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Campaigns have been questioning whether their over-the-top email programs helped or possibly even hindered their efforts last cycle. Going into 2014, the conventional wisdom said you needed to grab your list’s attention with a gripping subject line and dramatic text. But that strategy was used with such enthusiasm during the midterms you would have thought that the sky was falling if you got your news solely from campaign email blasts.

While many Democratic campaigns would characterize the results that way, to say that communication strategy was effective would be a similar hyperbole.  

Since digital fundraising hit the scene with the first Howard Dean email, it was the shiniest of objects to campaigns. It was going to be the savior, and for many it infused a new stream of revenue previously thought to be impossible.   

Each cycle, savvy campaigns found ways to build on it and seemingly “perfect” it. It was the golden child. That is until everyone took it for granted.

The recent telenovela-level drama in these emails had everyone from “Daily Show” host Jon Stewart to leading campaign strategists cracking jokes about how they were destroying democracy. The former hero for underfunded campaigns was now a villain. But it doesn’t need to stay that way.

It’s time campaigns went back to the basics. Here are five best practices for email fundraising that will keep your coffers full without damaging your chances for victory (or our democracy).  
 
1. Mix things up  

Volume is okay if you have a mix of fundraising and non-fundraising emails. Winning campaigns last cycle also used calls to action that asked for volunteers or signatures on petitions. They shared articles or updated supporters about the race on the ground. It wasn’t just a stream of endless fundraising emails. It told the story of the candidate, and the narrative was part of the same narrative the campaign was using in its direct mail, on television, and in stump speeches.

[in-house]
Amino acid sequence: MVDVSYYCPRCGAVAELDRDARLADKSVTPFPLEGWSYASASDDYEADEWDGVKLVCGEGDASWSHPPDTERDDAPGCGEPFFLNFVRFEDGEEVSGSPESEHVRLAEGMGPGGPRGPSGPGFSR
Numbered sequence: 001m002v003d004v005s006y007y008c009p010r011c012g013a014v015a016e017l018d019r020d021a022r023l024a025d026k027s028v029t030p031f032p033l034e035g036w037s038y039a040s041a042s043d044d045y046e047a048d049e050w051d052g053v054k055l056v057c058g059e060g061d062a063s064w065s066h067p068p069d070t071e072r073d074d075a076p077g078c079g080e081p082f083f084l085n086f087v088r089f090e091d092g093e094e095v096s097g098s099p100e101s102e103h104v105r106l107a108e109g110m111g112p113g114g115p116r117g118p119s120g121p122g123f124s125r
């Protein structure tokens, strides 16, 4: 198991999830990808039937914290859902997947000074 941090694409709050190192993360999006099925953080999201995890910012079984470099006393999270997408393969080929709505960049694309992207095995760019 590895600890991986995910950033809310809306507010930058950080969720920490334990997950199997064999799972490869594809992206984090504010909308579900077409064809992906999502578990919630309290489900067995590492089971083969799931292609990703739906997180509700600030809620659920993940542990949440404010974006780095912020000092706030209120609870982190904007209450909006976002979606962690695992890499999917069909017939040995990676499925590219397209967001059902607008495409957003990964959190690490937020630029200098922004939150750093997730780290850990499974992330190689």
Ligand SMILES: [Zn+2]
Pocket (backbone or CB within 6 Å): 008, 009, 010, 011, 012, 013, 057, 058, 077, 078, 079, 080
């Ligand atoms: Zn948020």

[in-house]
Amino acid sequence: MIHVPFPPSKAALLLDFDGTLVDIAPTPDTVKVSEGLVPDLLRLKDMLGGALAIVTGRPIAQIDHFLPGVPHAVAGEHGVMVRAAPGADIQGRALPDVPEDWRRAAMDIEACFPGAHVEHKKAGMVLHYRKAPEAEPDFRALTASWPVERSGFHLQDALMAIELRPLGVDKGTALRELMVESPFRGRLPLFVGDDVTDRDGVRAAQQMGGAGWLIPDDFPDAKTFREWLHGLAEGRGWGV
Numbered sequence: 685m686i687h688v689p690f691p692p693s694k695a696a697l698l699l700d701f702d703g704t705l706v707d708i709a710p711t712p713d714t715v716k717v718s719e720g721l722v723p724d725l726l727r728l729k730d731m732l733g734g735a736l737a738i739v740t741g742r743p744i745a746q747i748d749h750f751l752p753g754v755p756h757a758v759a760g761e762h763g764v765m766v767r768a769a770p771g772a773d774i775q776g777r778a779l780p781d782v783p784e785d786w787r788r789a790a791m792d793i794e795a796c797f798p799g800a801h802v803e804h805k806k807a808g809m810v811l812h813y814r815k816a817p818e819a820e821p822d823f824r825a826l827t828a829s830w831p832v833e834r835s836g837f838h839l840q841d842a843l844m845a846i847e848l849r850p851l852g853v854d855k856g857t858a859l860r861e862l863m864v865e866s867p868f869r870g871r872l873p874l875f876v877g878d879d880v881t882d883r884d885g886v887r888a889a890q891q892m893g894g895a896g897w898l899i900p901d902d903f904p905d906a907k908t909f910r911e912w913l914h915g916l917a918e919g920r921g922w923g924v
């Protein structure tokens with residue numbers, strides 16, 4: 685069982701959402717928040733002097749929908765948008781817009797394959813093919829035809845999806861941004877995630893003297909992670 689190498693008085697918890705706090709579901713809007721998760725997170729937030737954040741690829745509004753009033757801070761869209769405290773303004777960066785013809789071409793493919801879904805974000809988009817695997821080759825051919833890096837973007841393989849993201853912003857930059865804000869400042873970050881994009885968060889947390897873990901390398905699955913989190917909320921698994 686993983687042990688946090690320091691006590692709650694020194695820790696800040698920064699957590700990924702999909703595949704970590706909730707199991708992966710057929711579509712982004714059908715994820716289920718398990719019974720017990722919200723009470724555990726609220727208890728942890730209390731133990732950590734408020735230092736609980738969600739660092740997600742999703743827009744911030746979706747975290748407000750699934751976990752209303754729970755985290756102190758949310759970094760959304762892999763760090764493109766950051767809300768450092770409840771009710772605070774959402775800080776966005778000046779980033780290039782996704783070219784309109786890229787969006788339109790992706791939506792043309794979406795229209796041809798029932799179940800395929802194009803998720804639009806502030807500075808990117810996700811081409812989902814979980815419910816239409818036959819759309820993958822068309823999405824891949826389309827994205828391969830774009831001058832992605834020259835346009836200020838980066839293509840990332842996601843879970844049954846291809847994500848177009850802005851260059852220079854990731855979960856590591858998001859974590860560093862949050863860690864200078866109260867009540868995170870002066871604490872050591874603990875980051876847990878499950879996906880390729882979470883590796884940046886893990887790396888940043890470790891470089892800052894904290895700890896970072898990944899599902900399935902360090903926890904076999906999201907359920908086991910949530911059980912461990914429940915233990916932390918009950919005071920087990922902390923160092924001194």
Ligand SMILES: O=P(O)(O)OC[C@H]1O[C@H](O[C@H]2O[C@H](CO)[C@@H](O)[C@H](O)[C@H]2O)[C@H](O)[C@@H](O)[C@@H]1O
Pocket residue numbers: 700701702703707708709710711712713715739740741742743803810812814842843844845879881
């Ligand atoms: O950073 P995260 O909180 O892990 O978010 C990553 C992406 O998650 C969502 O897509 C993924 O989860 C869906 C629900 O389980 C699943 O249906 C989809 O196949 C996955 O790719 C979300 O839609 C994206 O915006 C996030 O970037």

2. Be authentic

Your voice should be your voice. There’s nothing more infuriating than to see a candidate on their “knees begging you please.” The rest of the campaign’s consulting team is working so hard to portray the candidate one way, so don’t destroy that in an email for a few thousand dollars. Find your voice and use it to give urgent reasons for the supporter to give without giving up dignity.  

3. Give them a real reason to give  

We tell our campaigns to think of it like a transaction. Give the reader a real concrete reason to give and why they need to give right now. The reader doesn’t want to give to you, but they will if they have a concrete reason. It’s not enough to just ask—you have to tell them where it will be put to work.  

4. Capturing attention doesn’t always have to include a cat  

Emails went over the top in 2014, and that made sense for party committees and PACs. But if your candidate’s persona or profile doesn’t fit the over-the-top category, find a different way.  

5. Having a culture of testing within your program will help you see what works and what doesn’t

Sen. Al Franken (D-Minn.) can be funny because he’s a professional comedian, and Sen. Elizabeth Warren (D-Mass.) can do really long, wonky emails because that’s what she’s known for. Don’t try to make your campaign fit into another’s box. Test, target, and track your results. You learn a lot from listening to the reactions of your supporters.

Still, no matter what you do, there are some complaints you don’t have to take too seriously. Volume is one. People will complain about the number of emails they receive regardless of how many land in their inboxes.  

Taryn Rosenkranz is founder & CEO New Blue Interactive, a boutique digital/new media strategy firm.